Highway marker for the Highlander Folk School on U.S. 41.

November 23, 2014
by David Ryan
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Wandering Along U.S. 41 to Monteagle Mountain in Tennessee

A little less than two weeks ago while visiting my mother-in-law in Manchester, Tennessee, the dogs and I took a road trip from Manchester and headed south along U.S. Highway 41 to Monteagle Mountain on the Cumberland Plateau.

This stretch of U.S. 41 is perfect for a two-lane road trip. The traffic is light to almost non-existent; most of the traffic now goes on Interstate Highway 24. The Interstate is far enough away from U.S. 41 so you don’t even know it’s there. As a result, you can relax and take your time without feeling pressured by other traffic. This is the type of road that Bill Bryson described while driving around Australia in his book, In a Sunburnt Country.

A road like this rare. A few years ago I read an article in The New Yorker about Jack Kerouac and his 1957 novel, On the Road. The article mentioned that the book was actually nostalgia for driving in the 1940s, right after World War Two, when there were three million miles of highway for 38 million vehicles. Today the number of cars is close to 250 million while the highway mileage has only grown to a little over four million miles.

No wonder so many of today’s roads are too wide, too crowded, too fast, and too disconnected from the landscape for a relaxed and pleasant drive. So when you find a quiet and pretty two-lane highway, drive it.

U.S. Highway 41 south of Manchester, TN

U.S. Highway 41 south of Manchester, TN

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Wouldn't this be a great place to eat lunch if you worked in the office building?

November 13, 2014
by David Ryan

If You Can Wander Here, You Can Wander Anywhere

While traveling to Tennessee to visit my wife’s mother, we stopped in Conway, Arkansas for a couple of days to visit my wife’s sister and her family. Because we were traveling with dogs, we stayed in a Motel 6 overlooking a Walmart parking lot. After having breakfast at the Waffle House next to the motel, it was time to walk the dogs. And nothing says, “let’s go for a walk”, like the combination of a Motel 6, Waffle House, and Walmart.

The only thing better than having a Waffle House next door to a Motel 6 is have a Walmart on the other side.

The only thing better than having a Waffle House next door to a Motel 6 is to have a Walmart on the other side.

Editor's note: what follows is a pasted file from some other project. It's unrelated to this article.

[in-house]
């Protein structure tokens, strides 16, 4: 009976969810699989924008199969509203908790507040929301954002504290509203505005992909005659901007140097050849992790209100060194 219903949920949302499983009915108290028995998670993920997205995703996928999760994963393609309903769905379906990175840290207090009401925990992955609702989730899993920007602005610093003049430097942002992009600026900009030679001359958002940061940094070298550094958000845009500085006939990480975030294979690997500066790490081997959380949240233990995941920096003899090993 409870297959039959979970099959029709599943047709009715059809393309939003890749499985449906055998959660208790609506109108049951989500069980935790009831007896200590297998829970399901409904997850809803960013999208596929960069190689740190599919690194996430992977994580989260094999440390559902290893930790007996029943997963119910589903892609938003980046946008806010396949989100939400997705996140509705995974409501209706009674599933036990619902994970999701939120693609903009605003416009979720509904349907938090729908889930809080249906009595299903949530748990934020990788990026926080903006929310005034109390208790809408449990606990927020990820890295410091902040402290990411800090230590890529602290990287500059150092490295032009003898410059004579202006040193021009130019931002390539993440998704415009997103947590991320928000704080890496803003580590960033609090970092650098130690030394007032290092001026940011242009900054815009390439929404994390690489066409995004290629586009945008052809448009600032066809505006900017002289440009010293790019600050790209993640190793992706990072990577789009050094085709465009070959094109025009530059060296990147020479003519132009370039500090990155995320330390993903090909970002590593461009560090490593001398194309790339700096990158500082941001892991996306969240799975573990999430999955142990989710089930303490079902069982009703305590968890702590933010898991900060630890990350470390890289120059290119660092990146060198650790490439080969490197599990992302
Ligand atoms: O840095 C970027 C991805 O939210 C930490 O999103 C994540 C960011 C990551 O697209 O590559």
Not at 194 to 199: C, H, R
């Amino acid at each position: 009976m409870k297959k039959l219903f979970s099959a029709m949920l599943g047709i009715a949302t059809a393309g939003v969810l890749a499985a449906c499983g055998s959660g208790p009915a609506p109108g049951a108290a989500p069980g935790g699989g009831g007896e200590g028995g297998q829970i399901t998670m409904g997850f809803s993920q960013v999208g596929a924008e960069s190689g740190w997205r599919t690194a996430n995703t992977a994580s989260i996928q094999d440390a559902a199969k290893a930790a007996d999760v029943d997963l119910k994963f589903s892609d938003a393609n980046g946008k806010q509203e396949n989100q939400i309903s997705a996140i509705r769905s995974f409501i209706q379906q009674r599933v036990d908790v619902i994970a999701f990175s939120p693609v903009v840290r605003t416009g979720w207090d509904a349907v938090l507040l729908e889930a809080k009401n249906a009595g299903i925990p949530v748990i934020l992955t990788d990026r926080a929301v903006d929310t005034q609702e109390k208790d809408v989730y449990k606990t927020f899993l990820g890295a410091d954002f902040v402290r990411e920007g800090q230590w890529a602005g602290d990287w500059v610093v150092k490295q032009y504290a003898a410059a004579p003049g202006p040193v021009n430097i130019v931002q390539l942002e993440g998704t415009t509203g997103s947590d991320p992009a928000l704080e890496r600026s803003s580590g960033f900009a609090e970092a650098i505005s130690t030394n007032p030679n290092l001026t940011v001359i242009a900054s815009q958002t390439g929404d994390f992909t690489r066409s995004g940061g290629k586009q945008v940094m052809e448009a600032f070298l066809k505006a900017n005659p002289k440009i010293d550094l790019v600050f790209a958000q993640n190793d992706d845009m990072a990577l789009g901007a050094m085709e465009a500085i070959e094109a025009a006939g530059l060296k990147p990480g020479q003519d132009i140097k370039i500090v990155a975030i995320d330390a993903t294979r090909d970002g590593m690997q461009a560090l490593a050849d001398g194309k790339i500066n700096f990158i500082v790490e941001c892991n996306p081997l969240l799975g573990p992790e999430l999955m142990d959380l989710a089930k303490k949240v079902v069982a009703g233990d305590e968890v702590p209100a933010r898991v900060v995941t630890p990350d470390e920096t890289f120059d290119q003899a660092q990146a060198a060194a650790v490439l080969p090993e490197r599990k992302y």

But as we started, good things began to happen. We immediately spotted a gap in the motel parking lot fence with a path leading towards the Walmart. Gaps in a fence are always an invitation to continue walking. We followed the path and then headed to the backside of the Walmart. There we could see a wooded area in the distance.

Who knows what you'll discover when you venture through a gap in in a fence?

Who knows what you’ll discover when you venture through a gap in in a fence?

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While this tree is almost at peak color.

November 3, 2014
by David Ryan

Wandering Through the Bosque in Autumn

With game seven of the World Series the baseball season came to an end last week. The week also gave us Halloween and the beginning of November. With that we are now at the halfway point between the autumnal equinox and winter solstice.

It’s not by accident that Halloween, All Saints Day, and the Day of the Dead come at this time of the year. Less developed cultures looked at this transition as a “thin time” where one could pass from this world to the underworld with ease. In Greek mythology Persephone returns to Hades every year when the pomegranates ripen to assume her role as queen of the underworld. And in a sense the transition from the busyness of fall to the dormancy of winter is a symbolic passing to another world.

Conversely the midpoint between the winter solstice and the spring equinox, too, is also a time of passing. And again, not by accident, it is celebrated by the tradition of Groundhog Day and Candlemas. They are an acknowledgement that winter cannot last forever and that it will soon be time to get busy again. Ironically, the first awakening of the baseball season occurs a little more than week after Groundhog Day when pitchers and catchers report to Spring Training.

The bosque (cottonwood forest) along the Rio Grande in Albuquerque, too, is not immune to laws of nature and is in a period of transition. Here is some of what I noticed while wandering through it this past week.

The summer flowers have long turned to seed, but the fall flowers are still hanging on.

A summer flower along the Rio Grande in the autumn.

A summer flower along the Rio Grande in the autumn.

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